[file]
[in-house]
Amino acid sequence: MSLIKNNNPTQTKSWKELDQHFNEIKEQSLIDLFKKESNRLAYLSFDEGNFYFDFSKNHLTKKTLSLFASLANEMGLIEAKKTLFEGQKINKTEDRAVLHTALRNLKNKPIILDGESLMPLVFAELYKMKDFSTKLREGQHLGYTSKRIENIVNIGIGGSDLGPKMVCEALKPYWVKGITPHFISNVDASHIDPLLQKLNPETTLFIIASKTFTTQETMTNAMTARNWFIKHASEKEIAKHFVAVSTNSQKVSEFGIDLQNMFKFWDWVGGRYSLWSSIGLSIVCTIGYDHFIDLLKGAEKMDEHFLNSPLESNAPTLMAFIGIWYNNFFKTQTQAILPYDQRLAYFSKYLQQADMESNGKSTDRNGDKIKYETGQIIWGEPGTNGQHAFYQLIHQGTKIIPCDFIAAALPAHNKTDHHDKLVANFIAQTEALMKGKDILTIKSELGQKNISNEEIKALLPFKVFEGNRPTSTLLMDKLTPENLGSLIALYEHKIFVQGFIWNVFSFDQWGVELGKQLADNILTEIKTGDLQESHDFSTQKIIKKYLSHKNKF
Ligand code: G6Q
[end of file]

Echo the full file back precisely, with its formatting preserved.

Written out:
[in-house]
Amino acid sequence: MSLIKNNNPTQTKSWKELDQHFNEIKEQSLIDLFKKESNRLAYLSFDEGNFYFDFSKNHLTKKTLSLFASLANEMGLIEAKKTLFEGQKINKTEDRAVLHTALRNLKNKPIILDGESLMPLVFAELYKMKDFSTKLREGQHLGYTSKRIENIVNIGIGGSDLGPKMVCEALKPYWVKGITPHFISNVDASHIDPLLQKLNPETTLFIIASKTFTTQETMTNAMTARNWFIKHASEKEIAKHFVAVSTNSQKVSEFGIDLQNMFKFWDWVGGRYSLWSSIGLSIVCTIGYDHFIDLLKGAEKMDEHFLNSPLESNAPTLMAFIGIWYNNFFKTQTQAILPYDQRLAYFSKYLQQADMESNGKSTDRNGDKIKYETGQIIWGEPGTNGQHAFYQLIHQGTKIIPCDFIAAALPAHNKTDHHDKLVANFIAQTEALMKGKDILTIKSELGQKNISNEEIKALLPFKVFEGNRPTSTLLMDKLTPENLGSLIALYEHKIFVQGFIWNVFSFDQWGVELGKQLADNILTEIKTGDLQESHDFSTQKIIKKYLSHKNKF
Ligand code: G6Q